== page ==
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Churchgoers turn their backs on Bloomberg in protest during his remarks at service in Selma

A group of churchgoers turned their backs on Democratic presidential candidate Michael BloombergMichael BloombergThe truth behind companies' 'net zero' climate commitments The strategy Biden needs to pass his infrastructure plan Bloomberg, former RNC chair Steele back Biden pick for civil rights division MORE as he spoke at Brown Chapel AME Church, a historic black church in Selma, Ala., on Sunday.

Footage and images that have since emerged online show a number of protesters standing with their backs turned away from Bloomberg shortly after he began delivering remarks from the pulpit on Sunday morning, the anniversary of “Bloody Sunday.”

Despite the demonstration, Bloomberg went ahead with his remarks, part of which focused on his proposed Greenwood Initiative, which aims to promote “economic justice” for African Americans, and his “commitment to prioritizing criminal justice reform,” according to a release from his campaign.

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“Dr. King understood that the right to vote was only the first step in the march to true equality because true equality means that wealth in this country should have no relation to race or ethnicity. That’s what my Greenwood Initiative is all about,” he said Sunday.

“You may know about Greenwood, in Tulsa, Okla., but until a year ago, like so many other Americans, I did not. Greenwood was a thriving and prosperous black neighborhood until a white mob attacked and destroyed it back in 1921. More than 200 African Americans were killed,” he continued.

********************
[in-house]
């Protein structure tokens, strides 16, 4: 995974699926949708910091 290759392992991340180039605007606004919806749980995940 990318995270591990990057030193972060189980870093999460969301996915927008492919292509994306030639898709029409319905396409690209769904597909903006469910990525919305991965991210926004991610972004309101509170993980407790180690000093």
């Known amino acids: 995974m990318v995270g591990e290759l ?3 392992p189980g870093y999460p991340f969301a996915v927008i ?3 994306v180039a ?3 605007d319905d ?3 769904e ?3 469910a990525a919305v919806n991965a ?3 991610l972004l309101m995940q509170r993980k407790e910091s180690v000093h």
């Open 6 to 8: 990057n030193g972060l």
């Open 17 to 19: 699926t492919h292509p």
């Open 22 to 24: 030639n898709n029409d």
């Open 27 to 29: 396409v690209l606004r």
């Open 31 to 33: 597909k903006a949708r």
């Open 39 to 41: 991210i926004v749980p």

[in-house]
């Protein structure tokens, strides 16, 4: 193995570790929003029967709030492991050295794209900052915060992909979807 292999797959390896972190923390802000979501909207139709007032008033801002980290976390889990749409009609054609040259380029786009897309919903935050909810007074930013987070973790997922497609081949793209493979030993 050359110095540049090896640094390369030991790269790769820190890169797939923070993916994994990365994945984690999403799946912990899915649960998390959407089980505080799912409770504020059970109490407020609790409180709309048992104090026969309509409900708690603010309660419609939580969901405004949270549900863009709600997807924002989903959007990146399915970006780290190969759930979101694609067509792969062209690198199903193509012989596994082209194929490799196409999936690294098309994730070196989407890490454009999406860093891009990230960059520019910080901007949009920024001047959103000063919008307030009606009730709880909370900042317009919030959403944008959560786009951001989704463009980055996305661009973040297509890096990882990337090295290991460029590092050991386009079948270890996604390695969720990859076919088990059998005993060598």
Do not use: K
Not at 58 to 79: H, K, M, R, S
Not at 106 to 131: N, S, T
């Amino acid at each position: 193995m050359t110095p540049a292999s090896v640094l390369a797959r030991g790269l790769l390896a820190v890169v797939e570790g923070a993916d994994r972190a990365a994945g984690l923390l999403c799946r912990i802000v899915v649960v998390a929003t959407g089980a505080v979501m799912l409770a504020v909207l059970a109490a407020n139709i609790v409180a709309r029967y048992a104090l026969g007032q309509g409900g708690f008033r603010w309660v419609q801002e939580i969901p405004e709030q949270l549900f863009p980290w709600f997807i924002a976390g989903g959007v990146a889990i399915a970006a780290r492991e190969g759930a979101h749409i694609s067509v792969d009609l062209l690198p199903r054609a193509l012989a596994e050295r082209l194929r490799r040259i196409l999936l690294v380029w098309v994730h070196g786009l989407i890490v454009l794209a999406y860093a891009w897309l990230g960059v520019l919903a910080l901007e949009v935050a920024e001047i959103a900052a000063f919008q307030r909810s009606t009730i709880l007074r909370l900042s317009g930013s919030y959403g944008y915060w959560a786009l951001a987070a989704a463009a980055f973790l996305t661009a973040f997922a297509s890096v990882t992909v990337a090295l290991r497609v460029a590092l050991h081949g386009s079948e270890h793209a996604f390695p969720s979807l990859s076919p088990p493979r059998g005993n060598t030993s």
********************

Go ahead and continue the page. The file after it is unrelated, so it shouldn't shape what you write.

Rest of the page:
“It was one of the worst tragedies in American history,” Bloomberg said. “But sadly, it was just another instance of black families being systematically robbed and exploited, something that didn’t end with slavery but continued with Jim Crow and redlining.” 

“In today’s reading from Isaiah, ‘do right, seek justice and defend the oppressed’ was the call to action. That’s what our Greenwood Initiative resolves to do,” he added.

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He also discussed issues such as voter suppression and took aim at President TrumpDonald TrumpHarry Reid reacts to Boehner book excerpt: 'We didn't mince words' Man arrested for allegedly threatening to stab undercover Asian officer in NYC Trump says GOP will take White House in 2024 in prepared speech MORE during part of his remarks, saying he believes “the wrong person is living in 1600 Pennsylvania Ave.” Former Georgia gubernatorial candidate Stacey Abrams and former Vice President Joe BidenJoe BidenBiden eyes bigger US role in global vaccination efforts Trump says GOP will take White House in 2024 in prepared speech Kemp: Pulling All-Star game out of Atlanta will hurt business owners of color MORE, a leading Democratic presidential contender, were also in attendance.

Bloomberg’s appearance in Selma on Sunday comes just two days before Super Tuesday, when 15 states and territories, including Alabama, hold their nominating contests. It will be the first time voters will get the chance to cast a ballot for the former mayor.

His efforts to expand his campaign’s outreach among black voters also arrives as he continues to face heat over his controversial stop-and-frisk policy from his time as mayor of New York City.